Poison ivy, oak, and sumac
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* This section is provided free of charge to you from the American Academy of Dermatology's library. We do not treat all conditions listed here, nor do we perform all treatments discussed in this section. This is purely meant to be a reliable resource for patients with an interest in, or questions about, a wide array of dermatologic topics.
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Poison ivy, oak and sumac: Overview
Many people get a rash from poison ivy, poison oak, and poison sumac. This rash is caused by an oil found in the plants. This oil is called urushiol (you-ROO-shee-all).
The itchy, blistering rash often does not start until 12 to 72 hours after you come into contact with the oil.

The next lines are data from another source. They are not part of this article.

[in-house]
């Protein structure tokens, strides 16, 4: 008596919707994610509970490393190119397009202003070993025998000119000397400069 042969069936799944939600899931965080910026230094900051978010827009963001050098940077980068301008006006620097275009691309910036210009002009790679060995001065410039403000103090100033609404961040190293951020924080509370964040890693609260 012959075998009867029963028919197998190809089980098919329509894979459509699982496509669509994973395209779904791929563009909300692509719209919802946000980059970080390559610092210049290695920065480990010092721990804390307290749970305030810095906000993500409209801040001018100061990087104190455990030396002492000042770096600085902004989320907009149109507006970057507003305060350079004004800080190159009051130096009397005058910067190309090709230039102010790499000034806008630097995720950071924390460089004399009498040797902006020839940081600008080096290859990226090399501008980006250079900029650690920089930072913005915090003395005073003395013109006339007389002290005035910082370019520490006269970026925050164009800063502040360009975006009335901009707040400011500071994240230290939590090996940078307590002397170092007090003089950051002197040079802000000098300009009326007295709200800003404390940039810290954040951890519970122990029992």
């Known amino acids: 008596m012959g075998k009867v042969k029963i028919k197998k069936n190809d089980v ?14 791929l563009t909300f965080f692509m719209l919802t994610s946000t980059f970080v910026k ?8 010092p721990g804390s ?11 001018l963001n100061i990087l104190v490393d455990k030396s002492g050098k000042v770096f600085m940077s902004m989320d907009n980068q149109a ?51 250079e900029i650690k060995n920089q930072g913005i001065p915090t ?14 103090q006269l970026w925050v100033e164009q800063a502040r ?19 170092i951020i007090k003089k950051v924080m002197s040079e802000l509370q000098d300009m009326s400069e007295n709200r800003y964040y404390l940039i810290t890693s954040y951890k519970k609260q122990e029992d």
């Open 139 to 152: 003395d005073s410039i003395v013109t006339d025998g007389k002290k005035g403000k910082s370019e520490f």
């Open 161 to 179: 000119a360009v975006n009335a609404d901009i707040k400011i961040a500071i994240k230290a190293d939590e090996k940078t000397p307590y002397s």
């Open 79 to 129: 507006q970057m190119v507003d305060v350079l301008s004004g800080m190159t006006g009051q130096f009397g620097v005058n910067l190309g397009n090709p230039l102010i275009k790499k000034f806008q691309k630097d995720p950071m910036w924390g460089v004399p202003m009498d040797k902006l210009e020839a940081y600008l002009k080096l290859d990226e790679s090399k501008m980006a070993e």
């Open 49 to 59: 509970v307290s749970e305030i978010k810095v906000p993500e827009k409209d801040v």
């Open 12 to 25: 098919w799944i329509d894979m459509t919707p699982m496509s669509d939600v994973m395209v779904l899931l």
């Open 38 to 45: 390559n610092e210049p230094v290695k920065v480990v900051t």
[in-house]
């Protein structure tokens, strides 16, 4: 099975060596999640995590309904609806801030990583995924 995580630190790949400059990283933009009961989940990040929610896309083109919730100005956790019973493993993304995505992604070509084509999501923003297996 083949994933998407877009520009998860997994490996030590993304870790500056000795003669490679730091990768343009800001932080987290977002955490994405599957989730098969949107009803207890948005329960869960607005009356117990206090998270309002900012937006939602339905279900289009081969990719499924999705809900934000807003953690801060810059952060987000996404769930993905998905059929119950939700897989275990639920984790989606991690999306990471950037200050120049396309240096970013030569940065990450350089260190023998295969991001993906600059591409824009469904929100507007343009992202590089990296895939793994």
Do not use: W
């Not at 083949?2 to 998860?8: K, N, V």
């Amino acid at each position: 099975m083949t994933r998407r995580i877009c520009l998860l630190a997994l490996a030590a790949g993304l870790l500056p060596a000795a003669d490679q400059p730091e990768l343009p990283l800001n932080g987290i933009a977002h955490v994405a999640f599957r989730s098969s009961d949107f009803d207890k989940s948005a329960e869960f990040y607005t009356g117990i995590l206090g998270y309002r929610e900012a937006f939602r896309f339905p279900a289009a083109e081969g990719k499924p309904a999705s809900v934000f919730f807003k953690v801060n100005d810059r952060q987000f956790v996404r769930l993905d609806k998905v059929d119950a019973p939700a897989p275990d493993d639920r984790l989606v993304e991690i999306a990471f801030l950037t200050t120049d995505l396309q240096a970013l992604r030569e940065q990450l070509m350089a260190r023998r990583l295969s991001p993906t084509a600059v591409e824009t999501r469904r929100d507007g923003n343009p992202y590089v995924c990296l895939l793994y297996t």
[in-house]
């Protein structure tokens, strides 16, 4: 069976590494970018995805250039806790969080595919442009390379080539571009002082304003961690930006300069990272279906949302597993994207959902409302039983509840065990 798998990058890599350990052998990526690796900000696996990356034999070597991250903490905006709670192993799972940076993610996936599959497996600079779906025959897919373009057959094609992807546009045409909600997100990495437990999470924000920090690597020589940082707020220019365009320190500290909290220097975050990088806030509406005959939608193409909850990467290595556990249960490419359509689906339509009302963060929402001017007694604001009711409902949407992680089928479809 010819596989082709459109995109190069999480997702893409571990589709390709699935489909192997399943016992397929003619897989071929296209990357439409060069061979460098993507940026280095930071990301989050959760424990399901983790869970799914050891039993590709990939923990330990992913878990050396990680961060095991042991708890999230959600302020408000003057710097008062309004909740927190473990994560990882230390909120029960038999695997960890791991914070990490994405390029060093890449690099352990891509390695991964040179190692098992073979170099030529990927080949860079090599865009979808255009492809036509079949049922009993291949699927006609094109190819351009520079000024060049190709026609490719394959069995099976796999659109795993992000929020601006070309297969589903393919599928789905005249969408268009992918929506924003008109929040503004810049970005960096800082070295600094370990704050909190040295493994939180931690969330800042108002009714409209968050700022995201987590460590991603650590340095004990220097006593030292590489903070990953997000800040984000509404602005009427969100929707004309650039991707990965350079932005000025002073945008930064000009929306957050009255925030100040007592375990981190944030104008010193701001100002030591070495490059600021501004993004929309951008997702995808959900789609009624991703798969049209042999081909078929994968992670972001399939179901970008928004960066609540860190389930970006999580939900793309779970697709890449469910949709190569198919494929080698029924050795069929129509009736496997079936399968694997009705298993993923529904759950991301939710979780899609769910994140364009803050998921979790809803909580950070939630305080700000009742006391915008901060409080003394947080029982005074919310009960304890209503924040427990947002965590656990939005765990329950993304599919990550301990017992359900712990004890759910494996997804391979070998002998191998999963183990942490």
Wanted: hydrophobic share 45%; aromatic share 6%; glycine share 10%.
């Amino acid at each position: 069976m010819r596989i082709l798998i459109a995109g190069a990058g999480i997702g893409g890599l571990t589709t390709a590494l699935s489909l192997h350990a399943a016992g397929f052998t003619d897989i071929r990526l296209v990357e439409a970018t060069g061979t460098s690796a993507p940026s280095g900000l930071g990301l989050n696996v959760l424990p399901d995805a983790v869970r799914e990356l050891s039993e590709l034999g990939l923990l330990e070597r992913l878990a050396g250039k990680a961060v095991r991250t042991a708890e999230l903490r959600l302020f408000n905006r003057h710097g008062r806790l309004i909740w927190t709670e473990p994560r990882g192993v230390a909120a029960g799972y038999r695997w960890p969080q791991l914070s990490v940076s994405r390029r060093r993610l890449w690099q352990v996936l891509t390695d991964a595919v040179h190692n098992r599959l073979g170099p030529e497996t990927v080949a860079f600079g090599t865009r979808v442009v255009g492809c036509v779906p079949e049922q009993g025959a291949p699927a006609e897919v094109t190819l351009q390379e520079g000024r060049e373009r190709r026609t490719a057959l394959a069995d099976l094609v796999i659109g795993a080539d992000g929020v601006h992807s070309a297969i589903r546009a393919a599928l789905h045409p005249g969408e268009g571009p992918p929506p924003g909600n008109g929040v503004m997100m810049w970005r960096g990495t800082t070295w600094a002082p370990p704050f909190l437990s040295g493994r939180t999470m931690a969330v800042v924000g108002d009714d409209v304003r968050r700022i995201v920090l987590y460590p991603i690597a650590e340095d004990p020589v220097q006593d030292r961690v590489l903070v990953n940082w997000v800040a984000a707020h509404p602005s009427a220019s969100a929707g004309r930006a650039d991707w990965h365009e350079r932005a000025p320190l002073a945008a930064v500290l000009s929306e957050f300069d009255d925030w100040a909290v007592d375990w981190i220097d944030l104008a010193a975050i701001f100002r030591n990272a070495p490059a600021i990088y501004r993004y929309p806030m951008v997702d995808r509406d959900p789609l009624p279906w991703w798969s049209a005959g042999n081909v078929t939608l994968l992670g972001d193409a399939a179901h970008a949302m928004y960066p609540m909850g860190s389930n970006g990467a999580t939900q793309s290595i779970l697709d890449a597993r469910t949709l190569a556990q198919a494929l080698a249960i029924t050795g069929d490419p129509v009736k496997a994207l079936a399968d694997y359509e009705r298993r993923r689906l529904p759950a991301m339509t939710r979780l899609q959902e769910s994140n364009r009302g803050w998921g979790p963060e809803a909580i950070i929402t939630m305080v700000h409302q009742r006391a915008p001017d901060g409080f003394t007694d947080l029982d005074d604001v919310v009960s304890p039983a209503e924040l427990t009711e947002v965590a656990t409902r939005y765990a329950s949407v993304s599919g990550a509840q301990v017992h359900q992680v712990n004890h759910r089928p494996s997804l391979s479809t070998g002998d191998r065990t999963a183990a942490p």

The rash is not contagious and does not spread. It might seem to spread, but this is a delayed reaction.
Most people see the rash go away in a few weeks. If you have a serious reaction, you need to see a doctor right away. Swelling is a sign of a serious reaction — especially swelling that makes an eye swell shut or your face to swell.
If you have trouble breathing or swallowing, go to an emergency room immediately.
Image used with permission of the American Academy of Dermatology National Library of Dermatologic Teaching Slides.